You can refrigerate it in the paper supplied by the supermarket if it is tightly wrapped and taped up. If the pork is loosely wrapped, it should be re-wrapped. Because paper is somewhat permeable, it’s best to re-wrap the pork in plastic. Aluminum foil may leave a metallic taste. Place the pork in a shallow pan--not on a plate--and place it on the bottom shelf of your refrigerator to ensure drippings don’t contaminate other products.

7. How long after the “sell by” or “use by” date is it advisable to eat fresh pork?

Pork should be consumed within 3 to 5 days or frozen, regardless of any “sell by” or “use by” date specified by the processor. Frozen whole-muscle pork will keep for an indefinite period but is best if consumed within 9 to12 months. Packaged ground pork will keep in the refrigerator for 1to 2 days and in the freezer for up to 3 months.

8. How can I tell if fresh pork has gone bad?

It will appear slimy and also have an “off” odor. It also may be moldy. Discard spoiled or moldy pork immediately.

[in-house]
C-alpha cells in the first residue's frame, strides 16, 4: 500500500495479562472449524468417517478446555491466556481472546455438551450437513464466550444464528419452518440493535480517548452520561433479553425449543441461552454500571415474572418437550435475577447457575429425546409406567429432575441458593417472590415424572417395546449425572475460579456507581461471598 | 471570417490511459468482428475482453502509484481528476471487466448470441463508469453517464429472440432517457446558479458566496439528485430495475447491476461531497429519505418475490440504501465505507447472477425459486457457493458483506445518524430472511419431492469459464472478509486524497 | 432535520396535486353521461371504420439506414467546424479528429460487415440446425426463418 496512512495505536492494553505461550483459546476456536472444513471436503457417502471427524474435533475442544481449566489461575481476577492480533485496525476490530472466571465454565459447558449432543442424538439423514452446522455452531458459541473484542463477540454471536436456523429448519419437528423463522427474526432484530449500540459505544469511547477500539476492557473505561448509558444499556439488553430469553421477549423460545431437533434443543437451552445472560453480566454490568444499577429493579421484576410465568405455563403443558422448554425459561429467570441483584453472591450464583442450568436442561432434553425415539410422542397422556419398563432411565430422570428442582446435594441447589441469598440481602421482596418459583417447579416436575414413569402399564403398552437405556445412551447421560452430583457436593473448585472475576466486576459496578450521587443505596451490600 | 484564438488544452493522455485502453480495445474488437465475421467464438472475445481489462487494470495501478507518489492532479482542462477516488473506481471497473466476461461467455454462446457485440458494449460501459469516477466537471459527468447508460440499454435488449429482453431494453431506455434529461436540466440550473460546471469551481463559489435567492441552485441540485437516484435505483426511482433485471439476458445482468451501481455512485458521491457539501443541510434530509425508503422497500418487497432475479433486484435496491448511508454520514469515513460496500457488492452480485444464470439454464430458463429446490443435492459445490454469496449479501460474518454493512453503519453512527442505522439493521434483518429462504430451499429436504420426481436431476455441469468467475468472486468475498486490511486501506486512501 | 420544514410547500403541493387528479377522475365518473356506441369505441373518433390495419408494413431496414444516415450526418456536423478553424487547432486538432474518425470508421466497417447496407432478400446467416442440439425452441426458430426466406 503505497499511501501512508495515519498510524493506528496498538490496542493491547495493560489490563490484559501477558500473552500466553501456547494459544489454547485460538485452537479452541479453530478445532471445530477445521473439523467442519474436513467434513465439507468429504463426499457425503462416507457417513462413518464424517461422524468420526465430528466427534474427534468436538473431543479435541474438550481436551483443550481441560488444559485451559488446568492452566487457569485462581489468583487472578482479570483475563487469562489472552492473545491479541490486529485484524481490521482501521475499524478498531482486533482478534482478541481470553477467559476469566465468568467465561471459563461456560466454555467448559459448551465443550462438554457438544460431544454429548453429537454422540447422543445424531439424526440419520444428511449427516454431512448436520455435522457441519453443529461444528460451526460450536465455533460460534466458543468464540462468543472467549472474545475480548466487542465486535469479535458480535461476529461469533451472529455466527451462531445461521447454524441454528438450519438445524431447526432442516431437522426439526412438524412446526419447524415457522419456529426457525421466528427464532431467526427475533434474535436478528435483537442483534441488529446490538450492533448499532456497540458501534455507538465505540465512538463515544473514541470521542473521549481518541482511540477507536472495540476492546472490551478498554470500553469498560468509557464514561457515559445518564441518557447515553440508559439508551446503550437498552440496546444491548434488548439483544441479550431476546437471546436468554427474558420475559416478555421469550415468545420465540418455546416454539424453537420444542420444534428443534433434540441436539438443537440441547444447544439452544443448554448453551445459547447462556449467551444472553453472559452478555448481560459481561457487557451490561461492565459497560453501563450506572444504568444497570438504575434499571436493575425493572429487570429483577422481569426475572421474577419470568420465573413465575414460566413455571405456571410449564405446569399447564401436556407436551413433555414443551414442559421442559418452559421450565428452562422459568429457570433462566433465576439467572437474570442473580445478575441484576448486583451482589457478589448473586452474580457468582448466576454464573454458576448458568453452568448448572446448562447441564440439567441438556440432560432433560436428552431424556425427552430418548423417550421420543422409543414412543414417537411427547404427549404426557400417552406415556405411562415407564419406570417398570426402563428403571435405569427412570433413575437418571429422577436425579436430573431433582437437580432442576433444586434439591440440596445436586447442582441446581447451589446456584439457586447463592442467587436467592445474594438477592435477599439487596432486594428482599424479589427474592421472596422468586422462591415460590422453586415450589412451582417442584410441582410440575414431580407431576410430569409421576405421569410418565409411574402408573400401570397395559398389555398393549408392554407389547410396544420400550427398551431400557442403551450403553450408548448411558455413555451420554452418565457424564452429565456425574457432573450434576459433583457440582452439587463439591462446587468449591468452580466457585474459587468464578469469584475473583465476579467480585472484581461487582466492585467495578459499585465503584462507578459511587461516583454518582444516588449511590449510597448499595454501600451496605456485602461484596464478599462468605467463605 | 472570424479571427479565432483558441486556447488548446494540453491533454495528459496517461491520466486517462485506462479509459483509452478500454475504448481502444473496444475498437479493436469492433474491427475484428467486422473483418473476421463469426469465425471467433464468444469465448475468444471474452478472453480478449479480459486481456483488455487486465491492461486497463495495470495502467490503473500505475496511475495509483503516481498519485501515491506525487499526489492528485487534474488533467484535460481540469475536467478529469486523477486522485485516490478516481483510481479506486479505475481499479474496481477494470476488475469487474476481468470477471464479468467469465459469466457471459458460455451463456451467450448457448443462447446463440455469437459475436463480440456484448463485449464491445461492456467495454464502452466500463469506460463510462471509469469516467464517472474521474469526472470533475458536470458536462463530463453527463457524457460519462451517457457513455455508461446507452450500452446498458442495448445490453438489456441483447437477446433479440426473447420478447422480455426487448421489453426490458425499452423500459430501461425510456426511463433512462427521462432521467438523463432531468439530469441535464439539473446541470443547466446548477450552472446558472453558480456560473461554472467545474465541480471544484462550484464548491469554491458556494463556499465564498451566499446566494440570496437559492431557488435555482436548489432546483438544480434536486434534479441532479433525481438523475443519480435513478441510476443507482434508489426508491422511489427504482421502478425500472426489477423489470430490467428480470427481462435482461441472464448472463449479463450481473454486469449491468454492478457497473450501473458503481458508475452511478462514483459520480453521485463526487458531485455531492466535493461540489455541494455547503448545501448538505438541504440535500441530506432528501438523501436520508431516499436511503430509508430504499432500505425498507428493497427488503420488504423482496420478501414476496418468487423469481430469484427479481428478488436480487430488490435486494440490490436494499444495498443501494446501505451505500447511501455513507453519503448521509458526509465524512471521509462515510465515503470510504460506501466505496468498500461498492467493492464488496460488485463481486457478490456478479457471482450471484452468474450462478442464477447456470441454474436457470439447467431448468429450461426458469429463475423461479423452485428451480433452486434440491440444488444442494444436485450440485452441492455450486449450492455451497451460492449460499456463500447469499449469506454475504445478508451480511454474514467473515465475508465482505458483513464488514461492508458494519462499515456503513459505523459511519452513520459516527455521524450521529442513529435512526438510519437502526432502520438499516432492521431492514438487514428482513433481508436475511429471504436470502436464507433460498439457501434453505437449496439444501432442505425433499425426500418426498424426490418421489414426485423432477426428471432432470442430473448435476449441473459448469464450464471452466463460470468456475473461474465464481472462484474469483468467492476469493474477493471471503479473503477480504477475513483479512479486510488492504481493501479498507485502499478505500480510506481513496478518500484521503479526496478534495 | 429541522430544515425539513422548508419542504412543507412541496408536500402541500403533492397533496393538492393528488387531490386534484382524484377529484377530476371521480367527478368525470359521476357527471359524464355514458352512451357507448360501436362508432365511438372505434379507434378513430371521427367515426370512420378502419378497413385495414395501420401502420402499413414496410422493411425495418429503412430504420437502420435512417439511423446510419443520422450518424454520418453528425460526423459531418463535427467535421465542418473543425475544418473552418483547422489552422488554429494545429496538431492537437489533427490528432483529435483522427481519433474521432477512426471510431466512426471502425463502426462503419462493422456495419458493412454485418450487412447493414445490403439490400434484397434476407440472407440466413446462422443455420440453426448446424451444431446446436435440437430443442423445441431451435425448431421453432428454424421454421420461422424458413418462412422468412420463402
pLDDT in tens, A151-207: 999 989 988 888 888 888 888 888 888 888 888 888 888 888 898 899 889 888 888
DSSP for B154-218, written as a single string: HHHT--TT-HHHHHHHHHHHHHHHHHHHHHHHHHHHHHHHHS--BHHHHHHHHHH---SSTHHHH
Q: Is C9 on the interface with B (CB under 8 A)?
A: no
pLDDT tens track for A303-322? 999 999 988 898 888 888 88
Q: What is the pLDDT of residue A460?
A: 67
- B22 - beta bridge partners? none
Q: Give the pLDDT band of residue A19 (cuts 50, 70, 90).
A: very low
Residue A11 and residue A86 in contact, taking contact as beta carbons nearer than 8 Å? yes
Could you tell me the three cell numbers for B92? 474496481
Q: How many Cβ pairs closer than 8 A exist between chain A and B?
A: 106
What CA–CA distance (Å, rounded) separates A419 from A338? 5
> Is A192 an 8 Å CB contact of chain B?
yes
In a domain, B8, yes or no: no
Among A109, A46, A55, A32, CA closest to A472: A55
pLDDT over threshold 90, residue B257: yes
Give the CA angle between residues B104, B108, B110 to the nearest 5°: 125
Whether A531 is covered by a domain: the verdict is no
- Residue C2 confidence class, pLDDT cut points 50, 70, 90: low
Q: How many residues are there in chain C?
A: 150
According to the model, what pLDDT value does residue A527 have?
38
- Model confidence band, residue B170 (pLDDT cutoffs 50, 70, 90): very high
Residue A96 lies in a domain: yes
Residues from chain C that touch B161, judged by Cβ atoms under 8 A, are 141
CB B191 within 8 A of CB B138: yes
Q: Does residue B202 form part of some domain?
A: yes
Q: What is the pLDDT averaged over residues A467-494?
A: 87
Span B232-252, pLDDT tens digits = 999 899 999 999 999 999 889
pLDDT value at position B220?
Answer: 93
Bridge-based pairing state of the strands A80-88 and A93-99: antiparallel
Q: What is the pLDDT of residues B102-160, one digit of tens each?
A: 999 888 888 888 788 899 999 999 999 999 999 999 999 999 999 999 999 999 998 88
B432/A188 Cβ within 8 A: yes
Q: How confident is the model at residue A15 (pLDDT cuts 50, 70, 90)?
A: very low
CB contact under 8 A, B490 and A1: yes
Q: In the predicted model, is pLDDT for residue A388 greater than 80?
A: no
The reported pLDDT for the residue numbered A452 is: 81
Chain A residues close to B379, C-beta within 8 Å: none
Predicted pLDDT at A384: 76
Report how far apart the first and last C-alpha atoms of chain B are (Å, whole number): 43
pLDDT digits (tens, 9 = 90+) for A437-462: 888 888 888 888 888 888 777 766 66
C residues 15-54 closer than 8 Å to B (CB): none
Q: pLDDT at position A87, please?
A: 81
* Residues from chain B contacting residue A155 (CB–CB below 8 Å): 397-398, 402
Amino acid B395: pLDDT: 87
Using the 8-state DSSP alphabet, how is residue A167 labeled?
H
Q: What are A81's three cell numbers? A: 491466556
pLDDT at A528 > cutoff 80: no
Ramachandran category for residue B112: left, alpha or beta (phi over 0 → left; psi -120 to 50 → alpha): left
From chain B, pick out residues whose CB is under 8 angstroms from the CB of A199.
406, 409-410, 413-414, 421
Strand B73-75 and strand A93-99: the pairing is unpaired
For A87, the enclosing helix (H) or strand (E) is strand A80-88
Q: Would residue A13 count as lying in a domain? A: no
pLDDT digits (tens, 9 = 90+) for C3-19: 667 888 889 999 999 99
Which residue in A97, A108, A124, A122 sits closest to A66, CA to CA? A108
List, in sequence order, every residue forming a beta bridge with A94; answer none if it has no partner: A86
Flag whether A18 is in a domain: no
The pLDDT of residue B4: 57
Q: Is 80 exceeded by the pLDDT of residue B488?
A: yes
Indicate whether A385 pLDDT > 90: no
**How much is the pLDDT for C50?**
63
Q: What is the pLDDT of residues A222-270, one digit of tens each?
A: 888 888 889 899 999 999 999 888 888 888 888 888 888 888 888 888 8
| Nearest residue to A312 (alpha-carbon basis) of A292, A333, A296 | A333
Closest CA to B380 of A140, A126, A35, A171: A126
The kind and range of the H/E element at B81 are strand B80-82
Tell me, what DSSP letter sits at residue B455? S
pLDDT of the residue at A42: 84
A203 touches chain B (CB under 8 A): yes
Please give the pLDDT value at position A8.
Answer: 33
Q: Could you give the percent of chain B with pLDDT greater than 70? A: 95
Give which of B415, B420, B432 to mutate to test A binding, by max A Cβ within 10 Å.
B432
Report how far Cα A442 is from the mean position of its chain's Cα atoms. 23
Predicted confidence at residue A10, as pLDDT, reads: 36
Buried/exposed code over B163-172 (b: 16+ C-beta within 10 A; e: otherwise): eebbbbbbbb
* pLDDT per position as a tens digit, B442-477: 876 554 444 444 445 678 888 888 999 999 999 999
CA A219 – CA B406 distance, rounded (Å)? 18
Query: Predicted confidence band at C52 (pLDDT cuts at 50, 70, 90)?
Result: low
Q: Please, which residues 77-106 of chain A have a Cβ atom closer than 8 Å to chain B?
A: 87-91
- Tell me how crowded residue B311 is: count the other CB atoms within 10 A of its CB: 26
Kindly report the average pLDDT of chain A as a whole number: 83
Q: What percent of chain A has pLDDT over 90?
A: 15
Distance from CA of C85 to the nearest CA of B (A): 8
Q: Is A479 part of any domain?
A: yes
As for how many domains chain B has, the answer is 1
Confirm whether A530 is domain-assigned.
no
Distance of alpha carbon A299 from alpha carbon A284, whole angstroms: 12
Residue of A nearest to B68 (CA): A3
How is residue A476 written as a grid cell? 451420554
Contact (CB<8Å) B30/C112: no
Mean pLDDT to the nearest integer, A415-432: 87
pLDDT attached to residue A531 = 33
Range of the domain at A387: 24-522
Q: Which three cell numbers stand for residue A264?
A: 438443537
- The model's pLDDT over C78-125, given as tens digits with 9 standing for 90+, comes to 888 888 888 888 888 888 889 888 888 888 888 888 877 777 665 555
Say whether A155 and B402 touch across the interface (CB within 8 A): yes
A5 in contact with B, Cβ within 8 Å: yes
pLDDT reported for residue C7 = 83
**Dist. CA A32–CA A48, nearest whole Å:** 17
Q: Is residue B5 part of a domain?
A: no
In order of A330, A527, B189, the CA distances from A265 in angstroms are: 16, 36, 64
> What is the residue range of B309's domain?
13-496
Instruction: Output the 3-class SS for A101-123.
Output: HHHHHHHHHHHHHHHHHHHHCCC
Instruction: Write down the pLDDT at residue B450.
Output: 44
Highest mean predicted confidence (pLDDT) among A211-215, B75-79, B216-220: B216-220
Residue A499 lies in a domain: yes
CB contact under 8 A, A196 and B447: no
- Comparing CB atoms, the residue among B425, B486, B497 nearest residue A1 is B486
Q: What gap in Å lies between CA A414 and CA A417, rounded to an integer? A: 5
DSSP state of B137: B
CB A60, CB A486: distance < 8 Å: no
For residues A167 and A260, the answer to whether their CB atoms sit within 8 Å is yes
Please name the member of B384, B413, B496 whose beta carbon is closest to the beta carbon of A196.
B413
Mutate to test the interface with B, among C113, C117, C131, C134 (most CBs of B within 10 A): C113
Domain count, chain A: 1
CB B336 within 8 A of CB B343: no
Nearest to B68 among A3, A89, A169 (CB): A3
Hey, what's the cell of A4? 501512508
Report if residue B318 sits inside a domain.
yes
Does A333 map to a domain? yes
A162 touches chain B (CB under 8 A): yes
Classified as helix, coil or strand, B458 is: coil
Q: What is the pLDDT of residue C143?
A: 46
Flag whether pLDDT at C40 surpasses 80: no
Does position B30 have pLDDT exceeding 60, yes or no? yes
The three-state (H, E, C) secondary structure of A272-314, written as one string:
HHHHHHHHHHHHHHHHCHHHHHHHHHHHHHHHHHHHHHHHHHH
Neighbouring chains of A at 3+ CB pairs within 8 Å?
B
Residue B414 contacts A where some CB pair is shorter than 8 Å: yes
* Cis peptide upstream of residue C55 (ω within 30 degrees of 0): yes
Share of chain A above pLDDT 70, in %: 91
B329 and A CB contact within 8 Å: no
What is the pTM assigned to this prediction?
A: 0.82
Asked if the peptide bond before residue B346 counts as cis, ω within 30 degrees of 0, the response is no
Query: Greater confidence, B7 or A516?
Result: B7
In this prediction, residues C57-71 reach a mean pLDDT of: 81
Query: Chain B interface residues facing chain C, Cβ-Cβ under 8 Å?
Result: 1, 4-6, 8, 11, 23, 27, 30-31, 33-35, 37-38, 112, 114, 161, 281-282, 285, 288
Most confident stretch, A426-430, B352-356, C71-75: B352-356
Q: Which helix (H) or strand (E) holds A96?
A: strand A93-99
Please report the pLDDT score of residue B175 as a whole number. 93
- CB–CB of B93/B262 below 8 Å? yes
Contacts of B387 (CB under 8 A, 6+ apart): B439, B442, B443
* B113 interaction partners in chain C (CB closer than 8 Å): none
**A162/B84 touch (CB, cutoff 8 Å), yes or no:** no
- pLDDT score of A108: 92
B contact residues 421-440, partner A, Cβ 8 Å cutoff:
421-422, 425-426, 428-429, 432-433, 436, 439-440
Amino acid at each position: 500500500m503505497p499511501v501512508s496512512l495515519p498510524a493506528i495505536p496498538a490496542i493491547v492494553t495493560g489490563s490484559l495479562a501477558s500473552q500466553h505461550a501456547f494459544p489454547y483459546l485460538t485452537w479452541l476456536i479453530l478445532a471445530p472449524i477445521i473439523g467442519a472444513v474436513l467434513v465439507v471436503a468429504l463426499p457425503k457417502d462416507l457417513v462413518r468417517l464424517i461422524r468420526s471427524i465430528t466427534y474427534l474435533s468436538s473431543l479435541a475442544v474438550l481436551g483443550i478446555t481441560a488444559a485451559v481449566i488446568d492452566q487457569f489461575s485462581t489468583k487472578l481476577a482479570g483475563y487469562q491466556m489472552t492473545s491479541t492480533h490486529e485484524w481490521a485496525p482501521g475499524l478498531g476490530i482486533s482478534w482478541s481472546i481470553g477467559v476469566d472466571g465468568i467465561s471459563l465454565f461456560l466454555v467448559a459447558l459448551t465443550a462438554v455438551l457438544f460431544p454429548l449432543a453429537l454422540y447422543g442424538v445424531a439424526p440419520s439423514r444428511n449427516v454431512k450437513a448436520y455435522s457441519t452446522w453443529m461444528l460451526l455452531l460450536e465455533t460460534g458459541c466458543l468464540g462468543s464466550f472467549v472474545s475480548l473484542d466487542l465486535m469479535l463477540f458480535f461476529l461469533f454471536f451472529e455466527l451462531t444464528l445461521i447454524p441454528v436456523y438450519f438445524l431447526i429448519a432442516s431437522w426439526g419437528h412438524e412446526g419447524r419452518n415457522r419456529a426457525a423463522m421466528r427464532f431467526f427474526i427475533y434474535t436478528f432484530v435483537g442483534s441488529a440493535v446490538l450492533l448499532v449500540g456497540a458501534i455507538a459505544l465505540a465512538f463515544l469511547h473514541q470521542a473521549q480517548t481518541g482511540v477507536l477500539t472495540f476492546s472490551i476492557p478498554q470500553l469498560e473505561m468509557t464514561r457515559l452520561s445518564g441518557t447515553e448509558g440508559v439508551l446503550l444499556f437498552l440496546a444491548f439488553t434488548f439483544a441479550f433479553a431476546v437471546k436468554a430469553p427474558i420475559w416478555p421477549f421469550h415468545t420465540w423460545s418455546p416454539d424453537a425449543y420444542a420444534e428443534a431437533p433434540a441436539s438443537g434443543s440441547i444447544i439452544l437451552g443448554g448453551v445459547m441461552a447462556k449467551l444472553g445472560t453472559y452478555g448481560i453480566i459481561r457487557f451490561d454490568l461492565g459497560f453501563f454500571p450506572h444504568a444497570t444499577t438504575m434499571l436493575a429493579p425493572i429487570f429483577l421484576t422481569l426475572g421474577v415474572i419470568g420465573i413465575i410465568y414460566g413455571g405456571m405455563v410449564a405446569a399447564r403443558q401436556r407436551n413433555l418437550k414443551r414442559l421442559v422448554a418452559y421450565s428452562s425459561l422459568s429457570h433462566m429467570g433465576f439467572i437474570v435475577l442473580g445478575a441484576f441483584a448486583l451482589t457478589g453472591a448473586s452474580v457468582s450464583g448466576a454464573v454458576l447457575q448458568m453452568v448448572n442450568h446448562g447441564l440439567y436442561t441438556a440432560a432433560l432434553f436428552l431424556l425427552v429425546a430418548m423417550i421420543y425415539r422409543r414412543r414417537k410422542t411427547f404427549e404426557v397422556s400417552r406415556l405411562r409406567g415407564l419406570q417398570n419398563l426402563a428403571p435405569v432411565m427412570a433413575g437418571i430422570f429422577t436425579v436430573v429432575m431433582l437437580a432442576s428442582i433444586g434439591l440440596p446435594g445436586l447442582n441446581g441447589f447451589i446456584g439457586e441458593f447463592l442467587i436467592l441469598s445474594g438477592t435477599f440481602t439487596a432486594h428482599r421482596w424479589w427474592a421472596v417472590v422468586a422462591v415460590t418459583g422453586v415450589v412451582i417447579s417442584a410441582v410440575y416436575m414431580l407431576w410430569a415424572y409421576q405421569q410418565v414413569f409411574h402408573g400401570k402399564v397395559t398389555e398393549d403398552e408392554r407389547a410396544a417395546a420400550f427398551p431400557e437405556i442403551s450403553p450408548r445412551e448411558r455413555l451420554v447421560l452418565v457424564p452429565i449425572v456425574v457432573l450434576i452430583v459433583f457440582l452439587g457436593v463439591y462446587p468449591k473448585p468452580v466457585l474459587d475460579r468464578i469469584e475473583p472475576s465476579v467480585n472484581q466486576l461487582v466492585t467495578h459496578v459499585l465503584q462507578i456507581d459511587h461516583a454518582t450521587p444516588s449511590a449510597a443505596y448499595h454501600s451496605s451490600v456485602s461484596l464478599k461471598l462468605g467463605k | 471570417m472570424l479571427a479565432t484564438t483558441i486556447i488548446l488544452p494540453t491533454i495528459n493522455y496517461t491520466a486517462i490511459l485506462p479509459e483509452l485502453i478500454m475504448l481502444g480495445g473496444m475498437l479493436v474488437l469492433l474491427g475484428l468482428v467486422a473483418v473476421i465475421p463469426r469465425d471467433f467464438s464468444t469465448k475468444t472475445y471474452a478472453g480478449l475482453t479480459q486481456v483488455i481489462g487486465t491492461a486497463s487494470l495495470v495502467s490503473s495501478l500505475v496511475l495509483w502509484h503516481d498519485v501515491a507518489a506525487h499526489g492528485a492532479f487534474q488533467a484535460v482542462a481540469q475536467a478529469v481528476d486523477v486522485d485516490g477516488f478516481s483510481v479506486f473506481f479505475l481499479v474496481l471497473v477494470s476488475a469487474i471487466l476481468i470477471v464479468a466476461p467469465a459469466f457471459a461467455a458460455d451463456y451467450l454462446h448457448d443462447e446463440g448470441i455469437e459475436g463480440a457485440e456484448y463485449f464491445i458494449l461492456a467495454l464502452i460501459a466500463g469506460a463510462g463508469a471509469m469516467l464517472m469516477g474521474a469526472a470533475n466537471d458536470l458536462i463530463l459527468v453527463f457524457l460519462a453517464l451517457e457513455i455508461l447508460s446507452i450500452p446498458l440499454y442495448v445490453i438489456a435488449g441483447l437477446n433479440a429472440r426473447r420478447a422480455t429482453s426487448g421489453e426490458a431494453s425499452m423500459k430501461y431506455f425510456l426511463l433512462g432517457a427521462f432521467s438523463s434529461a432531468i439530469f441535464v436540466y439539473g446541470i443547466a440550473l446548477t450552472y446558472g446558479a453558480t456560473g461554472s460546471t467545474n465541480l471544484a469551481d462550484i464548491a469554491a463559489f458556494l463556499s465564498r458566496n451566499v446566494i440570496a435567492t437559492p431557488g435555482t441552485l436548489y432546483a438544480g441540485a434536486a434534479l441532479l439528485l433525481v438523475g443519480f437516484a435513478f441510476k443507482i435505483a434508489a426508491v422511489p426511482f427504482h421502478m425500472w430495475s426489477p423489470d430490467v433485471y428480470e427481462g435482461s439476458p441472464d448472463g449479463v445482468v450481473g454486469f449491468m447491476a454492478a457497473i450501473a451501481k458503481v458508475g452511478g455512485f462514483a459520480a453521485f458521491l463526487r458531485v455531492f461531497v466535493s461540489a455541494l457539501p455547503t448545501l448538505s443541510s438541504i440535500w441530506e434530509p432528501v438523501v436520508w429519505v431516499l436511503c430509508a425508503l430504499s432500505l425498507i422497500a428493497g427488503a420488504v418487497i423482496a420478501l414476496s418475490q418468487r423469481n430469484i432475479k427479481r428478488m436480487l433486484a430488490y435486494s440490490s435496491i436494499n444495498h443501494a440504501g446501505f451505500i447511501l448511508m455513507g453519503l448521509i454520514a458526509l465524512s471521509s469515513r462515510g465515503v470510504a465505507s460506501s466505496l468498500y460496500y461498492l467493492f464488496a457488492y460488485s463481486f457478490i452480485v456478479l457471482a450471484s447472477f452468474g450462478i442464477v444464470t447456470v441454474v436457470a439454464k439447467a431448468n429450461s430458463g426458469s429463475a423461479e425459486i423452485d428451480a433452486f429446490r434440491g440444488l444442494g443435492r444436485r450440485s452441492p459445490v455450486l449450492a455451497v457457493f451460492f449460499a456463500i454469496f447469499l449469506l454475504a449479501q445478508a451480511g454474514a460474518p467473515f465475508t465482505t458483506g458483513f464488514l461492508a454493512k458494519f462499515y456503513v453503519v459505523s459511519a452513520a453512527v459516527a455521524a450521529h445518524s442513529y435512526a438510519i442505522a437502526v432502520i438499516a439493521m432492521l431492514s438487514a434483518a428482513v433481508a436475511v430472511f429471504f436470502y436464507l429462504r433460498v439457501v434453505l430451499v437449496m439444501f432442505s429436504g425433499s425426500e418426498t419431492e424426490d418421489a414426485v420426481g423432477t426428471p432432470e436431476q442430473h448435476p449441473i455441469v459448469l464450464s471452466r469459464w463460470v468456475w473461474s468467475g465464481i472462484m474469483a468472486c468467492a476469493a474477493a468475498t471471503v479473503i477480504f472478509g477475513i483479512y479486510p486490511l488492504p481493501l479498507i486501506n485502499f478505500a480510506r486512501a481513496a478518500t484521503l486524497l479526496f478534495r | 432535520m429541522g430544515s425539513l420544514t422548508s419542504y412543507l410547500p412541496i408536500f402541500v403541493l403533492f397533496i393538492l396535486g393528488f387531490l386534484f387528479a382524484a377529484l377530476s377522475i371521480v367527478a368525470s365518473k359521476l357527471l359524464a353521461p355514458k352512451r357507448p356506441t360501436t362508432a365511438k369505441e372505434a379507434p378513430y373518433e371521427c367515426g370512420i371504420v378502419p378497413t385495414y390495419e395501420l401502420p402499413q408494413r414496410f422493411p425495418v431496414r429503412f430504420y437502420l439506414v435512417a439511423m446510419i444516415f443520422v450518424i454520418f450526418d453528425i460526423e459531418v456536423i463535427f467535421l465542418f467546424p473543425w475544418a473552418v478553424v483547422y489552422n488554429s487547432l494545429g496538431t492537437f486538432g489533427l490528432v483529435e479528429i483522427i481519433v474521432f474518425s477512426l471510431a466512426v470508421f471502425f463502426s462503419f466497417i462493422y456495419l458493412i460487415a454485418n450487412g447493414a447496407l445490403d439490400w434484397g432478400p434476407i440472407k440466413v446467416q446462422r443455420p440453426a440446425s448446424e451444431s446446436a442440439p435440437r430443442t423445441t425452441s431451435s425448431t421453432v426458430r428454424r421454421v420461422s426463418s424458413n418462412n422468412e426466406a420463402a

9. Can I refrigerate pre-wrapped fresh pork as it is?

Yes. In fact, it is recommended. In addition, every time you handle the meat, it becomes contaminated by air, hands, and contact surfaces.”

10. How should fresh pork be thawed?

Fresh pork may be thawed in one of three ways: in the refrigerator, in cold water, or in the microwave. Never defrost fresh pork at room temperature. Surface areas will thaw at a quicker rate than interior areas, leaving them vulnerable to bacterial growth once they reach a temperature of 40°F/4.4°C.

Refrigerator: Once fresh pork defrosts, it can remain in the refrigerator for 3 to 5 days, assuming it was frozen immediately upon purchase. A small roast requires 3 to 5 hours per pound to defrost, a large one 4 to 7 hours per pound. A 1-inch-thick chop requires 12 to 14 hours. Package thickness determines the amount of time required to defrost ground pork. If you decide not to use the pork, you can safely refreeze it within 3 to 5 days if it has remained refrigerated. 

Cold water: Do not remove packaging when defrosting pork in cold water. Be sure the package is airtight, or put it into a leak-proof bag. Fully submerge the pork and change the water every 30 minutes so that it remains cold.